“I felt like I failed because I didn't know how common miscarriages were because we don't talk about them,” Obama said. “We sit in our own pain, thinking that somehow we’re broken.”
She added, “That's one of the reasons why I think it's important to talk to young mothers about the fact that miscarriages happen.”
Obama, who worked as a lawyer and hospital administrator before becoming first lady, told Roberts that it hit her at ages 34 and 35 that “the biological clock is real" and "egg production is limited."
She revealed to Roberts that she underwent in-vitro fertilization (IVF) in order to conceive her two daughters.
"I realized that as I was 34 and 35," said Obama, now the mother of 17-year-old Sasha and 20-year-old Malia. "We had to do IVF."
The former first lady, known for her advocacy for women and girls around the world, decided to get candid about her miscarriage and her journey to motherhood in “Becoming” to help other women.
“I think it's the worst thing that we do to each other as women, not share the truth about our bodies and how they work," Obama told Roberts.
I know too many young couples who struggle and think that somehow there's something wrong with them.
The book, a raw and revealing account of her life, goes where few first lady's autobiographies have gone.
She divulges deeply personal moments and insights that shaped her life -- from her childhood on the South Side of Chicago to her college years at Princeton, to her deep love affair with her husband, whom she met while she was his adviser at the law firm Sidley Austin LLP. Despite an immediate attraction, she insisted they should just be friends -- but all that changed one summer night when he kissed her.
“As soon as I allowed myself to feel anything for Barack,” she writes, “the feelings came rushing -- a toppling blast of lust, gratitude, fulfillment, wonder.”
Yet she is also candid about the bleaker periods of her marriage, revealing for the first time that the couple sought counseling when their relationship was under stress.
“Marriage counseling for us was one of those ways where we learned how to talk out our differences,” she told Roberts. “I know too many young couples who struggle and think that somehow there's something wrong with them. And I want them to know that Michelle and Barack Obama, who have a phenomenal marriage and who love each other, we work on our marriage. And we get help with our marriage when we need it.”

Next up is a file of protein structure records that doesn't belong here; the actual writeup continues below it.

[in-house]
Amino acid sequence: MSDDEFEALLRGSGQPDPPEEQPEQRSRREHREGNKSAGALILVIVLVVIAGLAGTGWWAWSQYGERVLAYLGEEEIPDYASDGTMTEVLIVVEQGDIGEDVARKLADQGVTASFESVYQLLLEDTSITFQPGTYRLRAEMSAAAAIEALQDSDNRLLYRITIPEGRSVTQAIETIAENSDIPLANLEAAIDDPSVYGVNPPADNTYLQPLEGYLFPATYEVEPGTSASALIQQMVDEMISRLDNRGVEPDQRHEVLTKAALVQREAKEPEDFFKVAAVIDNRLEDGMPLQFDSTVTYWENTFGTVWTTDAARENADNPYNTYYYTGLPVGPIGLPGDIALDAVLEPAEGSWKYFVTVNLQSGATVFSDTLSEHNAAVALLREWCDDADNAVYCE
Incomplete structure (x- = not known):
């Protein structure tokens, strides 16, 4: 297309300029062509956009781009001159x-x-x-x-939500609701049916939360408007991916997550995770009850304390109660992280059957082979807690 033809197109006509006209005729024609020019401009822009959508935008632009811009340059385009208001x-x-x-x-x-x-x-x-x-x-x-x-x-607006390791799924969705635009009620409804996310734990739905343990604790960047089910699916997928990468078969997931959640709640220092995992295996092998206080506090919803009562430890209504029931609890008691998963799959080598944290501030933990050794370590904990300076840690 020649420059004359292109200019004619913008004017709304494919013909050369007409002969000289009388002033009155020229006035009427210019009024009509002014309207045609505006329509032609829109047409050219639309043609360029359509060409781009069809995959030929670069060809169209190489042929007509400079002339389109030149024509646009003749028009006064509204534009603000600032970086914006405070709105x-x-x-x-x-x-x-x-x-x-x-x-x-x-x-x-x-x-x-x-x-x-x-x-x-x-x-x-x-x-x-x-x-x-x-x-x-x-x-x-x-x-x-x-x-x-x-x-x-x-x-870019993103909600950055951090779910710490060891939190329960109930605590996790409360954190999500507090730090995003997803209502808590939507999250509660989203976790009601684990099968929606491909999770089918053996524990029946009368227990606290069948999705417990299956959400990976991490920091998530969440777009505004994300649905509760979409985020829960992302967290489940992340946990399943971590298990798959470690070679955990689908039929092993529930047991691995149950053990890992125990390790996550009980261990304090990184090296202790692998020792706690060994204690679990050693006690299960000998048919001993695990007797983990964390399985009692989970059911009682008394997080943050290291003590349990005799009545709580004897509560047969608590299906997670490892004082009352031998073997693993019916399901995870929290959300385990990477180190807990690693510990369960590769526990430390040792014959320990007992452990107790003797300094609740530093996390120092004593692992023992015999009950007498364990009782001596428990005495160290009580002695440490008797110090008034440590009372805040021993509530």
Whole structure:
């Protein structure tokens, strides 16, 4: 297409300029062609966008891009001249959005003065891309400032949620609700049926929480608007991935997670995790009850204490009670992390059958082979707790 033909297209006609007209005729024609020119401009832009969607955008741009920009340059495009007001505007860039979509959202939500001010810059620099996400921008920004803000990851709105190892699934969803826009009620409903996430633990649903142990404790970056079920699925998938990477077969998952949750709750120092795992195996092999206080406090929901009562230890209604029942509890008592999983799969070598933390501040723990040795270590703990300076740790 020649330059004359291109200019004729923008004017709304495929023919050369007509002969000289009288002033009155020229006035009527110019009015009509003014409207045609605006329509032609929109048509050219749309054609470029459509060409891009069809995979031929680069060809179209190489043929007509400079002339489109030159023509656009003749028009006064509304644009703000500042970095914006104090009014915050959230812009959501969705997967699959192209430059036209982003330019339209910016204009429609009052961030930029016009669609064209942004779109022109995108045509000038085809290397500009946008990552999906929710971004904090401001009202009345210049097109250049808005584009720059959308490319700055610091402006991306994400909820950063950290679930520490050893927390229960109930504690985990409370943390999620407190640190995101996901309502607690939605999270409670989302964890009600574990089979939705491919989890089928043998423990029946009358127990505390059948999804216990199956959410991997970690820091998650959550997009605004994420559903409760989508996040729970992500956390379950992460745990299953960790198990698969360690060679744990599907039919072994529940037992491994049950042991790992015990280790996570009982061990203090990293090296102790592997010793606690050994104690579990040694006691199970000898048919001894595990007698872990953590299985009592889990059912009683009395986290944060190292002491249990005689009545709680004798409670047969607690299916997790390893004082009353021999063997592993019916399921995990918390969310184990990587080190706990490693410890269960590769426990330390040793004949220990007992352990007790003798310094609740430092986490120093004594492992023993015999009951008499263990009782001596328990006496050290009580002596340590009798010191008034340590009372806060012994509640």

“This was my pivot point,” she writes. “My moment of self-arrest.”
Once Barack announced his run for president in 2007, she threw herself into what would be a bruising campaign. She knew it would be hard, but she wasn’t prepared for critics who attacked her for being unpatriotic and called her an “angry black woman.”
“I was female, black and strong, which to certain people ... translated only to ‘angry.’ It was another damaging cliché, one that’s been forever used to sweep minority women to the perimeter of every room. ... I was now starting to actually feel a bit angry, which then made me feel worse, as if I were fulfilling some prophecy laid out for me by the haters.”
But what stung the most, she says, was the continuous, false allegations that her husband was a secret Muslim, born overseas.
She writes in the memoir about how Donald Trump and other so-called birthers in 2011 began to openly question whether her husband was an American citizen, describing their actions as “crazy and mean-spirited ... its underlying bigotry and xenophobia hardly concealed. But it was also dangerous, deliberately meant to stir up the wingnuts and kooks.”
“What if someone with an unstable mind loaded a gun and drove to Washington? What if that person went looking for our girls? Donald Trump, with his loud and reckless innuendos, was putting my family’s safety at risk. And for this, I’d never forgive him.”
She recalls her reaction when she heard Trump’s “Access Hollywood” video where he brags about assaulting women, saying her “body buzzed with fury after hearing that tape.”
She described how Trump seemed to “stalk” Hillary Clinton during an election debate, “trying to diminish her presence with his” and sending the message, “I can hurt you and get away with it.”
Michelle Obama through the years
And when Trump was elected president, she says she was surprised that so many women would choose a “misogynist” over “an exceptionally qualified female candidate.”
Obama says she is just beginning to process all that happened since her husband first began to talk about running for president a dozen years ago. Today, as she looks ahead to a new beginning, one thing seems clear: It’s unlikely that she will ever run for office.
“If I’d learned anything from the ugliness of the campaign, from the myriad of ways people had sought to write me off as angry or unbecoming, it was that public judgment sweeps in to fill any void. ... I knew that I would never allow myself to get that banged up again.”
“I’ve never been a fan of politics, and my experience over the last 10 years has done little to change that. I continue to be put off by the nastiness.”
This report is featured in the Friday, Nov. 9, 2018, episode of ABC News daily news podcast, "Start Here."
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